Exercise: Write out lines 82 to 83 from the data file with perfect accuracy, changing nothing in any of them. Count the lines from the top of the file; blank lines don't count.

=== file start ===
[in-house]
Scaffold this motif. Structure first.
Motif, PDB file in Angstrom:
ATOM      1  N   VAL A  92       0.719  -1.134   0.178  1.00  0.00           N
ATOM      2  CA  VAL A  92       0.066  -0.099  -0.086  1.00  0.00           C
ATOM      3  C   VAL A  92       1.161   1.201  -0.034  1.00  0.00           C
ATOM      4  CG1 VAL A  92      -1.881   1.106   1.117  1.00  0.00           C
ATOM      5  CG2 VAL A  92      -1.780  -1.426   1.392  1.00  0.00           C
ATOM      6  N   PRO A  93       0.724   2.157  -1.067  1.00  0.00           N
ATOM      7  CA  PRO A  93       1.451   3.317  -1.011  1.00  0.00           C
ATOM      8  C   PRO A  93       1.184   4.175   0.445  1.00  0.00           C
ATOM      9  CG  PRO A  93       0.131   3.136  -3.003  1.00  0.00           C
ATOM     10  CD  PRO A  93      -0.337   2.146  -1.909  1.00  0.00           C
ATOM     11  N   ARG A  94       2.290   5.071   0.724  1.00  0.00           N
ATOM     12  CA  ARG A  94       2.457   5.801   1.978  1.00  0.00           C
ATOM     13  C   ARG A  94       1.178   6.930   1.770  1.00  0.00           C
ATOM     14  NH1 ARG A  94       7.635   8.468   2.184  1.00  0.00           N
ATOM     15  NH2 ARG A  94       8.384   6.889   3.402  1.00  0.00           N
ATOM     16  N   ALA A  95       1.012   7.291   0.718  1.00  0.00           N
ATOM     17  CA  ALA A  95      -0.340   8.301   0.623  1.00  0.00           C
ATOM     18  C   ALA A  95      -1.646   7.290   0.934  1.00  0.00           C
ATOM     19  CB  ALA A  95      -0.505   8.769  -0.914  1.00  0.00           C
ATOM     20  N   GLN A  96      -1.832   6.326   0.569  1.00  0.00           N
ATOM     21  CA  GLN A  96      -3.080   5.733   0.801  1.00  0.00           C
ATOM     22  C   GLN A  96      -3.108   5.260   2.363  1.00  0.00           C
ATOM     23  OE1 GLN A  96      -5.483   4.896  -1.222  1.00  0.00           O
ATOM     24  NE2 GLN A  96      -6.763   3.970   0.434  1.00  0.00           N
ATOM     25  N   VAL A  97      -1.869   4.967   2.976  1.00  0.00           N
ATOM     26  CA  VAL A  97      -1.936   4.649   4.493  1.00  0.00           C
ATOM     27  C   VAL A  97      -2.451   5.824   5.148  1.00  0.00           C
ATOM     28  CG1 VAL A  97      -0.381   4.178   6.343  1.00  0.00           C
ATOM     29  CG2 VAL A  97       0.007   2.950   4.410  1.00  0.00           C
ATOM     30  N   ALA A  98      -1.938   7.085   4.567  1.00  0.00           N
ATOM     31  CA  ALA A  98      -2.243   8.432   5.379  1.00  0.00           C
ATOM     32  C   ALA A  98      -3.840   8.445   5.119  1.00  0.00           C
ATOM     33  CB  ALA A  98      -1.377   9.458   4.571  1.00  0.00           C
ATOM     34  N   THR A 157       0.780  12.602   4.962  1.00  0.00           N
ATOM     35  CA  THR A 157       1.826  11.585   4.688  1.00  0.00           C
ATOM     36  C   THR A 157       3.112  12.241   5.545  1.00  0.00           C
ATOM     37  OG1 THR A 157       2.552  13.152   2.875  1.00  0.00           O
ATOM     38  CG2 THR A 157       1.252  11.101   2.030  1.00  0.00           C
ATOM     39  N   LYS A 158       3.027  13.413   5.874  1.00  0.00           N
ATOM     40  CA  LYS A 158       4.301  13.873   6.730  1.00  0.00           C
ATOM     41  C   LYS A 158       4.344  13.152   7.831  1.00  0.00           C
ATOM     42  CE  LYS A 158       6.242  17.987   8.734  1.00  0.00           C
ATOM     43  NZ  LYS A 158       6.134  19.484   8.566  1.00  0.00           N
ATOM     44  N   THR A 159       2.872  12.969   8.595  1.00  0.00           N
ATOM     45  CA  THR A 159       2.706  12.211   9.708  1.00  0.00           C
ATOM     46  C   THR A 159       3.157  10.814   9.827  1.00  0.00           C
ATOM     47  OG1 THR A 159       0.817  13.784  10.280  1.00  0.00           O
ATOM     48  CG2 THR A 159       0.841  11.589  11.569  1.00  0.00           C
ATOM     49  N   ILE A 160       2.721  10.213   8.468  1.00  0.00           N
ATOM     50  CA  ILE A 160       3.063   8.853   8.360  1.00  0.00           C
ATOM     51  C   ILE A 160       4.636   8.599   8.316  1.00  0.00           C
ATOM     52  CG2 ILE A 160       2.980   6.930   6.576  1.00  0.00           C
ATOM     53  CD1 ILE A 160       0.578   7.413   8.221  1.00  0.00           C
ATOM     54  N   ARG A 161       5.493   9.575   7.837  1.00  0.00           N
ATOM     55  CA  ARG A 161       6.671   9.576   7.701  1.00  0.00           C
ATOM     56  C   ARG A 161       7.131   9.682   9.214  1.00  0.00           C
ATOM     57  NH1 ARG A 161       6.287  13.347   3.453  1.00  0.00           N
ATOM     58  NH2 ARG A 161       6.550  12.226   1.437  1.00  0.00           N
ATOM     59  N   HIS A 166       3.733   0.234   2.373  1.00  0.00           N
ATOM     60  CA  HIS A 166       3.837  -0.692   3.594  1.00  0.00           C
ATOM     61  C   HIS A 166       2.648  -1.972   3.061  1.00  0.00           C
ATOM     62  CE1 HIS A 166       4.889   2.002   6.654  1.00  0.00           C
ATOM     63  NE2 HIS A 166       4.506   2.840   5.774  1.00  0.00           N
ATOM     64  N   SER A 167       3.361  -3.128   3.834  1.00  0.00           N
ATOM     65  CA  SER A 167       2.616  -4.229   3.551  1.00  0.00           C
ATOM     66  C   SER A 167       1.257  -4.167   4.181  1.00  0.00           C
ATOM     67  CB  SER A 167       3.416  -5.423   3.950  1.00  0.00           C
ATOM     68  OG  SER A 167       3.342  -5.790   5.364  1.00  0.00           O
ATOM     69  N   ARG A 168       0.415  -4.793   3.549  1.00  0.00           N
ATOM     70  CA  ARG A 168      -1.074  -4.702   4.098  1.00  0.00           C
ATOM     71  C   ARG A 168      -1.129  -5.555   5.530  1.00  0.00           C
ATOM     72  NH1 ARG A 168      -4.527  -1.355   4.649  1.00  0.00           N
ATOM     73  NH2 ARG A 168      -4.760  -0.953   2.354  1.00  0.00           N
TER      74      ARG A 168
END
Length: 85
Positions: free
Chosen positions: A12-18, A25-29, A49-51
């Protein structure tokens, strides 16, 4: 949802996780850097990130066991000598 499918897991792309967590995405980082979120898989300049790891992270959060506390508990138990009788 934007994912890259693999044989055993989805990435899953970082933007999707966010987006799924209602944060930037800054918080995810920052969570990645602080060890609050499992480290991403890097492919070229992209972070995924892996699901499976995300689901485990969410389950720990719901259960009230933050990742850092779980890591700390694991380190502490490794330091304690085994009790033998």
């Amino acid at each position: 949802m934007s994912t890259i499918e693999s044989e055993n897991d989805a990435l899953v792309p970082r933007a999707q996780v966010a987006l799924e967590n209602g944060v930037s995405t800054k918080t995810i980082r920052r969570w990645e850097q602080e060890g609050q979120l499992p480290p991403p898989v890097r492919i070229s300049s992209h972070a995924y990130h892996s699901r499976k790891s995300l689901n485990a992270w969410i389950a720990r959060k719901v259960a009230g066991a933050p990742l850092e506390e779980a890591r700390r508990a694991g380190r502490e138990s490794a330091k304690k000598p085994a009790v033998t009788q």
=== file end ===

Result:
């Protein structure tokens, strides 16, 4: 949802996780850097990130066991000598 499918897991792309967590995405980082979120898989300049790891992270959060506390508990138990009788 934007994912890259693999044989055993989805990435899953970082933007999707966010987006799924209602944060930037800054918080995810920052969570990645602080060890609050499992480290991403890097492919070229992209972070995924892996699901499976995300689901485990969410389950720990719901259960009230933050990742850092779980890591700390694991380190502490490794330091304690085994009790033998």
């Amino acid at each position: 949802m934007s994912t890259i499918e693999s044989e055993n897991d989805a990435l899953v792309p970082r933007a999707q996780v966010a987006l799924e967590n209602g944060v930037s995405t800054k918080t995810i980082r920052r969570w990645e850097q602080e060890g609050q979120l499992p480290p991403p898989v890097r492919i070229s300049s992209h972070a995924y990130h892996s699901r499976k790891s995300l689901n485990a992270w969410i389950a720990r959060k719901v259960a009230g066991a933050p990742l850092e506390e779980a890591r700390r508990a694991g380190r502490e138990s490794a330091k304690k000598p085994a009790v033998t009788q």